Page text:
Nate Cohn looks at all the most recent polling in Ohio, Wisconsin and Nevada — three states that would put Obama over 270 — and concludes:

As of today, there is not a single non-partisan survey showing Romney ahead in any of these three states.

The RCP averages show Obama leading in those states by 2.9, 5.4 and 2.7 points respectively. This comes after two polls yesterday — from CNN and NBC/WSJ — put Obama up three and five points in Ohio. Meanwhile, Cohn notes there is evidence Obama is edging ahead in Colorado.

And in Florida, an NBC/WSJ poll last night put Obama up two points. In the averages, Romney’s lead in Florida ranges from 0.2 points to 1.4 points. For all the talk about his “expanding map,” Romney is still fighting to hold Florida. Cohn concludes:

Obama is far better positioned in Florida than Romney can claim in any of the states along Obama’s path of least resistance to 270.

And in Virginia, the race is within one point, too.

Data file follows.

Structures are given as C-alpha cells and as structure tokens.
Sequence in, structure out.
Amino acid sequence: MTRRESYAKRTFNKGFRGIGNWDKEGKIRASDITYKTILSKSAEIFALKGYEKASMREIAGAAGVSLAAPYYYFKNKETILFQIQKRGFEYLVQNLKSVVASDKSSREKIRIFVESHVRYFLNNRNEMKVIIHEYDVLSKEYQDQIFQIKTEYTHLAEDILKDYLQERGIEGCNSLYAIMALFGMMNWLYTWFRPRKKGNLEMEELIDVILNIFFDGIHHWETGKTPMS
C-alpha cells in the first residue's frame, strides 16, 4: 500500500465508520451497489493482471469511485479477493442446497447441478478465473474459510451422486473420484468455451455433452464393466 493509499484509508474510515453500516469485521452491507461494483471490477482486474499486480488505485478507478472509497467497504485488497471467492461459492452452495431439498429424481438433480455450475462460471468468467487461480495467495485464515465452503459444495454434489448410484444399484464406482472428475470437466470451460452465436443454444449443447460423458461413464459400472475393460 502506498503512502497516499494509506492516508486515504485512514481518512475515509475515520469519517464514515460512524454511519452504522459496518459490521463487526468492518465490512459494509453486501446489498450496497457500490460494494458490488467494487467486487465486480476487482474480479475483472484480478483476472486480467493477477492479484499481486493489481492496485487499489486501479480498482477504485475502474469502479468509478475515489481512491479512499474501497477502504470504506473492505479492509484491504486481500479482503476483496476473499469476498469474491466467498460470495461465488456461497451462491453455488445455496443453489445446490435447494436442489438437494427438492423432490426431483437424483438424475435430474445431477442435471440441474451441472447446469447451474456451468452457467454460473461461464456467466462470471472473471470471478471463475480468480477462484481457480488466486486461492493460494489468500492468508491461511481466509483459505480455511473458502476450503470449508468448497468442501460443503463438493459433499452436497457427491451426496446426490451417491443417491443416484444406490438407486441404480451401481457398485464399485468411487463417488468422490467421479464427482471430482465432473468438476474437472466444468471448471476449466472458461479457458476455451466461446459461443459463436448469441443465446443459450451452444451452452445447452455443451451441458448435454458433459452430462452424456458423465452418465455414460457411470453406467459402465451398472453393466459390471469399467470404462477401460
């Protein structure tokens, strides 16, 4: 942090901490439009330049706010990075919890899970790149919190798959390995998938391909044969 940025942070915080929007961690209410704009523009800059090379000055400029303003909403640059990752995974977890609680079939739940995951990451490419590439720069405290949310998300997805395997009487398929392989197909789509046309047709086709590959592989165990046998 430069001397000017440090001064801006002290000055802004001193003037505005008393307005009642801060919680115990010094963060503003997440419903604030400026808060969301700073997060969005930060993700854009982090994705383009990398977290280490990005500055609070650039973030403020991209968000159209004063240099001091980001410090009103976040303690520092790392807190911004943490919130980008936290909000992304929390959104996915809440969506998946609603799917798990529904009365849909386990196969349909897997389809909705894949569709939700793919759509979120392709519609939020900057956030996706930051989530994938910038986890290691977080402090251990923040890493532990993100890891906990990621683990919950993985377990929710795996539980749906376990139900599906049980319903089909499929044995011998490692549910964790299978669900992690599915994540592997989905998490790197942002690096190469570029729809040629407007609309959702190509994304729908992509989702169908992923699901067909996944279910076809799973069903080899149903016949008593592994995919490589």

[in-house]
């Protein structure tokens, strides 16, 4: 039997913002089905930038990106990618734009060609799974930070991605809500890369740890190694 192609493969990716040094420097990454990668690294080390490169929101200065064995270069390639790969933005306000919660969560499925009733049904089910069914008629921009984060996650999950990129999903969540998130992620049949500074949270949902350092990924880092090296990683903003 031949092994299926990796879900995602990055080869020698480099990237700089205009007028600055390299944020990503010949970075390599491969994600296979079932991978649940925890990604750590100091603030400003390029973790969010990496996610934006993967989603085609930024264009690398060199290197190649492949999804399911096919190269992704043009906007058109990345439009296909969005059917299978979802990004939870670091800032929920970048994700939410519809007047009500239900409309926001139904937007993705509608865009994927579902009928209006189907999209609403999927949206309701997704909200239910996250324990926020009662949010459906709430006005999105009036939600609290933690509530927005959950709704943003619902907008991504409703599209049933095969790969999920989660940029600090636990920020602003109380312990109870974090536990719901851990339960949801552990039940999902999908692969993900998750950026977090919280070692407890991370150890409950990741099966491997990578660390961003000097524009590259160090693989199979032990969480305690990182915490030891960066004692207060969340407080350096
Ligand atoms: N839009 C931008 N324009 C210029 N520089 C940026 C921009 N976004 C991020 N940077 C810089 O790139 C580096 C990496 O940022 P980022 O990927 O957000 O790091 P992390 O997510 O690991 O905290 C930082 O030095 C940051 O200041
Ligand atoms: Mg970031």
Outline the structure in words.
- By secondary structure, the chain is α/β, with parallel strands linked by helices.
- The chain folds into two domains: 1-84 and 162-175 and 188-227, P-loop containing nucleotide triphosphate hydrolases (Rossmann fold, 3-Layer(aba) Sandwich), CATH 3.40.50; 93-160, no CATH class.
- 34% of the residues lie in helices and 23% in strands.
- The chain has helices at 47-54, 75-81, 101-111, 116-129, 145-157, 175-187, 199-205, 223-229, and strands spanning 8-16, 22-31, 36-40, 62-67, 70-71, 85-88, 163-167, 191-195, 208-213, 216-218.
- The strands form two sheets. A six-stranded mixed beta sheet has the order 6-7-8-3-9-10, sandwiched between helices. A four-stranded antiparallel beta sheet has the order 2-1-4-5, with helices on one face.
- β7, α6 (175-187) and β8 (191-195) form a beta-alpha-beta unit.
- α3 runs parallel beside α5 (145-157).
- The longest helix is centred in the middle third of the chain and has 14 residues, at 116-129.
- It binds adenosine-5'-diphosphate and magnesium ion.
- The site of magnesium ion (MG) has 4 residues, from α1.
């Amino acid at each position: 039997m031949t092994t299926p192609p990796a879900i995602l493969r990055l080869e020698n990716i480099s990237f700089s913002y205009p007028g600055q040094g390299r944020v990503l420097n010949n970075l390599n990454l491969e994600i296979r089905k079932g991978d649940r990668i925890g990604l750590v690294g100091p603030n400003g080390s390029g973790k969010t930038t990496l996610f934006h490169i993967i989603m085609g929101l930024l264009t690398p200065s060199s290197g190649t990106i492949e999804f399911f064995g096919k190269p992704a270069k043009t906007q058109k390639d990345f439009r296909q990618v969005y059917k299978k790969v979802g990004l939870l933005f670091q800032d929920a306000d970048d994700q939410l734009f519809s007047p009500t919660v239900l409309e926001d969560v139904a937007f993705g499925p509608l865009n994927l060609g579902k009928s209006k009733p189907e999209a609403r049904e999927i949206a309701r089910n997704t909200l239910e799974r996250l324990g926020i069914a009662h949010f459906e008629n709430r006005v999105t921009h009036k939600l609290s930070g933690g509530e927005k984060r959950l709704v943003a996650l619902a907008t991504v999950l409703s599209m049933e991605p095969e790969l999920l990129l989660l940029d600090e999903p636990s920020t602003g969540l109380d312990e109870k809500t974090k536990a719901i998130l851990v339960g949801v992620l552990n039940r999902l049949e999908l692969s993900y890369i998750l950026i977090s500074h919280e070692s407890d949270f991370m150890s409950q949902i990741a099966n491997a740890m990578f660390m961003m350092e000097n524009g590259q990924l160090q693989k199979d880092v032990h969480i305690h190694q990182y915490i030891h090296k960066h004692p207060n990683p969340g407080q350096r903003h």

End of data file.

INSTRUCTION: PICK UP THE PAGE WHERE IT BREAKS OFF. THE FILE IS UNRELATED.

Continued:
Unless Romney can pick off Pennsylvania, where he trails by 4.6 points or more in the averages, he very likely has to win Florida, Ohio, and Virginia to win the presidency. That’s especially true if he doesn’t win Colorado.

And so, in the three states Romney likely must win, he is behind in one, tied in the second, and holds the most tenuous of leads in the third. He is leading meaningfully in none of them.

Meanwhile, Obama only has to win one of those three to virtually assure his path to 270. And he is leading meaningfully in one, tied in the second, and seriously contesting the third. With three days to go.

As always, the polls could be wrong, and Romney could still win. But the polls would have to be overwhelmingly, systematically, catastrophically wrong in multiple states for that to happen.